TAPAS.network | 1 August 2023 | Examining Evidence  | Elizabeth Line

Comprehensive evaluation study provides new transport planning resource

How the Elizabeth line has impacted on the transport system in the capital is being carefully monitored by Transport for London, but its significance in terms of transport planning is wider. Peter Stonham looks at the short and long term evaluation framework and the outputs it will deliver.

TfL has put in place a detailed and comprehensive impact study of the Elizabeth line, which is likely to prove of great interest and value to the wider transport planning community.

TfL will draw on a variety of data sources, covering subjects including trip volumes, where passengers have come from and other behavioural issues, crowding, customer satisfaction, passenger journey lengths, trips between selected origin-destination pairs, station usage and interchange (particularly Thameslink connections at Farringdon), the nature of new developments and businesses (from the London Development Database), abstraction from other railways and modes, usage of car and cycle parking spaces at EL stations, generalised journey time, journey purpose, crime, and disabled passengers’ use of the EL and their satisfaction.

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The new Paddington station serving the Elizabeth line much increases capacity at this major London interchange

It will also highlight the relationship with what was forecast – and the actual out turn. “This is the biggest test for our models that we’ve ever had,” TfL’s David Warner explains.

The work continues a tradition of high-quality evaluation undertaken by TfL and its predecessors.

“The Victoria line was maybe the first transport scheme to use cost-benefit analysis” Warner observes. “That was in the late 1960s. The Jubilee line extension added about 80 million passengers [per annum] when that opened in 2000 and that was the most recent large scheme. The EL is way bigger than that.”

TfL’s benefits framework document titled, ‘Elizabeth line: evidencing the value’, sets out it will gather evidence for understanding the benefits and outcomes, demonstrate value for money and learn important lessons for the future.

The evaluation involves two strands of work. The initial task has been to create an early picture of how the railway is performing, focusing on actions that can help best capture the scheme’s benefits. The first post-opening evaluation study will be produced after 24 months, focusing on the transport network effects and providing baseline information on wider socio-economic impacts. Arup have been appointed to deliver this. An initial findings report is expected to be published in spring 2024 and a comprehensive report in spring 2025.

The other strand will analyse the wider economic, environmental and social impacts which take longer to emerge, such as mode shift and economic growth. This will examine the return on investment, using actual observations of benefits, five years after opening, and also update the findings on transport impacts from the first post-opening study. These wider economic, social and environmental effects will take longer to emerge and this second study will be commissioned in early 2025.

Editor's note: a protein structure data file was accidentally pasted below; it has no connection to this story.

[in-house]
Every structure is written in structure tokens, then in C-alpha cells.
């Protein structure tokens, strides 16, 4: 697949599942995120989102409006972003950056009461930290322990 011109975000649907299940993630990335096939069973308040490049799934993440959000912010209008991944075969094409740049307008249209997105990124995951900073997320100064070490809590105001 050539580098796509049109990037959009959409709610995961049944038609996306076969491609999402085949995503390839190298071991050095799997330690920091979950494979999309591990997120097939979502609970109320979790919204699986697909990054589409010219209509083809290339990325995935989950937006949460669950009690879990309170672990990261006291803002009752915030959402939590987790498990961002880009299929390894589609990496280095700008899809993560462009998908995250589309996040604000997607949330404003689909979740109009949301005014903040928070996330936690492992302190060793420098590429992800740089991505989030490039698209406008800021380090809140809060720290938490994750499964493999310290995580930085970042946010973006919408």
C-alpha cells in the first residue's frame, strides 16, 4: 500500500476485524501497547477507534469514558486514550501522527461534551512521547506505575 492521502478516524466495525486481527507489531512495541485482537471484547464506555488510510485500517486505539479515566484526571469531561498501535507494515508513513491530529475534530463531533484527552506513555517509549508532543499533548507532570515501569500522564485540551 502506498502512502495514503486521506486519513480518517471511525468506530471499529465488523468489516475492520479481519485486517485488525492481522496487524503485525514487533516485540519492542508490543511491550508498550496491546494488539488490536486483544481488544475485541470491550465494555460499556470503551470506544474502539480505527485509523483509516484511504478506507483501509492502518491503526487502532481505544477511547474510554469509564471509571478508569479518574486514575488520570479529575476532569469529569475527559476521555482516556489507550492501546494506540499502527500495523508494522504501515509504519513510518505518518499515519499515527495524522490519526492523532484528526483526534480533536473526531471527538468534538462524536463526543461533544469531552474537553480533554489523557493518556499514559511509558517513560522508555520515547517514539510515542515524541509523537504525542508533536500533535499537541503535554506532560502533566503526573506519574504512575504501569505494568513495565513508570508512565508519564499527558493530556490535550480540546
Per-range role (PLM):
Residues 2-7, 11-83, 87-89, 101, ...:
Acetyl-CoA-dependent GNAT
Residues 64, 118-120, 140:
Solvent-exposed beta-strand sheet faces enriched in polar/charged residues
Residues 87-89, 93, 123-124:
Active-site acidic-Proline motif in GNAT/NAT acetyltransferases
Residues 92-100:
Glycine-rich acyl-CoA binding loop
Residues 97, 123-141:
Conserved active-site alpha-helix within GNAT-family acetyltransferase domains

As part of the project evaluation, work has also started on a review of the Crossrail funding/financing model with an aim to write an objective and factual account of that innovative model. TfL believes the Crossrail story is relevant to other projects in London and the UK and is also much discussed internationally. The work is being carried out by TfL and includes some of the people who have been working on Crossrail funding and financing from 2007. The team will progress the review during the summer and some initial findings have already been produced.

To help answer all the research questions being addressed, the first study will rely on the comprehensive travel data and models held by TfL and the wider travel industry to estimate journey numbers and analyse travel patterns. In addition, a passenger survey will be conducted later this year to collect insights into travel behaviour at key Elizabeth line stations with questions relating to journey purpose, routing and reasons for route choice, frequency of journey, ticket type, use of mobility aids and key demographic characteristics. TfL wants to use mobile network data that offers the opportunity to fill data gaps to better analyse road use and estimate the shift to public transport.

How useful will the Elizabeth line’s post-opening evaluation be to promoters of future rail projects? Warner thinks the Crossrail 2 scheme, now mothballed, may be revisited in the future and provides an opportunity for the lessons to be passed on. He also points to smaller schemes, such as orbital rail in North-west London and extending the DLR to Thamesmead. “It’s increasing our understanding should other projects come along. We now have a good chance to validate the forecasts with a big scheme, as opposed to a small one.”

There will doubtless be other major regionally-significant rail projects that can benefit from the knowledge too. Northern Powerhouse Rail, East-West Rail and the South Wales Metro are some that spring to mind.

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TfL last year published an impressive document setting out how it would work with the Department for Transport to examine the emerging outcomes from the Elizabeth line’s impact.
Elizabeth line: evidencing the value

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Peter Stonham is the Editorial Director of TAPAS Network

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